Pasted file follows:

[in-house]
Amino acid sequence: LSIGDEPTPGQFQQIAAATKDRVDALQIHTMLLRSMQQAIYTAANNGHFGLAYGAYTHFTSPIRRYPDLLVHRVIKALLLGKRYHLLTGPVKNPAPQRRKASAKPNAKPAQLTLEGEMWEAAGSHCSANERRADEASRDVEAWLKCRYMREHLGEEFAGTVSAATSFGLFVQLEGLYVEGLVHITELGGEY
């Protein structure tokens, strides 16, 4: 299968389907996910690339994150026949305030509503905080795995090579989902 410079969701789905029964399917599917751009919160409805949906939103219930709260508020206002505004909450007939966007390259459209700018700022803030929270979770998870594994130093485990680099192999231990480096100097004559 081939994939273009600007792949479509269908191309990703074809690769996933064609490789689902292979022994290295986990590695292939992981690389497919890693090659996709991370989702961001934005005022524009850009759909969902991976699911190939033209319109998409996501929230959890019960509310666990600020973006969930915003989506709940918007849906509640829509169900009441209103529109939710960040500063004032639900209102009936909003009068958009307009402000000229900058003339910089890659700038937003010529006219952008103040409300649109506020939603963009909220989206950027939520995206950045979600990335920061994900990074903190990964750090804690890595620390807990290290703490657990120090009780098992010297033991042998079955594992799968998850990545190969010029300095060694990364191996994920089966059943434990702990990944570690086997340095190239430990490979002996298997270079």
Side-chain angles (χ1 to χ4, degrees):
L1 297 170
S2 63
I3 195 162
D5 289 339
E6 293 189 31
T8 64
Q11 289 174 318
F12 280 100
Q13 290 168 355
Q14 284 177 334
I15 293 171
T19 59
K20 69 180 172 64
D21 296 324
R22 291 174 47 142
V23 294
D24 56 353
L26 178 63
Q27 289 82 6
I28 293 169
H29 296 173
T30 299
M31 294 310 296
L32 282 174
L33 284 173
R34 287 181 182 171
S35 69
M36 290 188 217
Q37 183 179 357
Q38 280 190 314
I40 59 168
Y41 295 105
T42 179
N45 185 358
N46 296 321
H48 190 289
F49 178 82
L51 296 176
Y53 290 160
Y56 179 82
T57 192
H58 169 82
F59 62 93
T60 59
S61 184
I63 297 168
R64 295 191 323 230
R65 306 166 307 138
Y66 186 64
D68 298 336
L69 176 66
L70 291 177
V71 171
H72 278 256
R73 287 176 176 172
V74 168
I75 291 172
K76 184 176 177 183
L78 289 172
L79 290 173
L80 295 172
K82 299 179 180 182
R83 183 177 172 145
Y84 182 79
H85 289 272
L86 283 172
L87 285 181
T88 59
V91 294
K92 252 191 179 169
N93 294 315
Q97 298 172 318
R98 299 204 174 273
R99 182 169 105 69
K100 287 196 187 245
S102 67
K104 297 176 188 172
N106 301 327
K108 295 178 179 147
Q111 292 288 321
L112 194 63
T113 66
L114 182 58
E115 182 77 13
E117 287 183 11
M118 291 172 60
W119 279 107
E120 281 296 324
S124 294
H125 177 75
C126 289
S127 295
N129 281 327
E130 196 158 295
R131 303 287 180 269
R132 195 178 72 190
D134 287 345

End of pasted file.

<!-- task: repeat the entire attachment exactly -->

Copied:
[in-house]
Amino acid sequence: LSIGDEPTPGQFQQIAAATKDRVDALQIHTMLLRSMQQAIYTAANNGHFGLAYGAYTHFTSPIRRYPDLLVHRVIKALLLGKRYHLLTGPVKNPAPQRRKASAKPNAKPAQLTLEGEMWEAAGSHCSANERRADEASRDVEAWLKCRYMREHLGEEFAGTVSAATSFGLFVQLEGLYVEGLVHITELGGEY
């Protein structure tokens, strides 16, 4: 299968389907996910690339994150026949305030509503905080795995090579989902 410079969701789905029964399917599917751009919160409805949906939103219930709260508020206002505004909450007939966007390259459209700018700022803030929270979770998870594994130093485990680099192999231990480096100097004559 081939994939273009600007792949479509269908191309990703074809690769996933064609490789689902292979022994290295986990590695292939992981690389497919890693090659996709991370989702961001934005005022524009850009759909969902991976699911190939033209319109998409996501929230959890019960509310666990600020973006969930915003989506709940918007849906509640829509169900009441209103529109939710960040500063004032639900209102009936909003009068958009307009402000000229900058003339910089890659700038937003010529006219952008103040409300649109506020939603963009909220989206950027939520995206950045979600990335920061994900990074903190990964750090804690890595620390807990290290703490657990120090009780098992010297033991042998079955594992799968998850990545190969010029300095060694990364191996994920089966059943434990702990990944570690086997340095190239430990490979002996298997270079």
Side-chain angles (χ1 to χ4, degrees):
L1 297 170
S2 63
I3 195 162
D5 289 339
E6 293 189 31
T8 64
Q11 289 174 318
F12 280 100
Q13 290 168 355
Q14 284 177 334
I15 293 171
T19 59
K20 69 180 172 64
D21 296 324
R22 291 174 47 142
V23 294
D24 56 353
L26 178 63
Q27 289 82 6
I28 293 169
H29 296 173
T30 299
M31 294 310 296
L32 282 174
L33 284 173
R34 287 181 182 171
S35 69
M36 290 188 217
Q37 183 179 357
Q38 280 190 314
I40 59 168
Y41 295 105
T42 179
N45 185 358
N46 296 321
H48 190 289
F49 178 82
L51 296 176
Y53 290 160
Y56 179 82
T57 192
H58 169 82
F59 62 93
T60 59
S61 184
I63 297 168
R64 295 191 323 230
R65 306 166 307 138
Y66 186 64
D68 298 336
L69 176 66
L70 291 177
V71 171
H72 278 256
R73 287 176 176 172
V74 168
I75 291 172
K76 184 176 177 183
L78 289 172
L79 290 173
L80 295 172
K82 299 179 180 182
R83 183 177 172 145
Y84 182 79
H85 289 272
L86 283 172
L87 285 181
T88 59
V91 294
K92 252 191 179 169
N93 294 315
Q97 298 172 318
R98 299 204 174 273
R99 182 169 105 69
K100 287 196 187 245
S102 67
K104 297 176 188 172
N106 301 327
K108 295 178 179 147
Q111 292 288 321
L112 194 63
T113 66
L114 182 58
E115 182 77 13
E117 287 183 11
M118 291 172 60
W119 279 107
E120 281 296 324
S124 294
H125 177 75
C126 289
S127 295
N129 281 327
E130 196 158 295
R131 303 287 180 269
R132 195 178 72 190
D134 287 345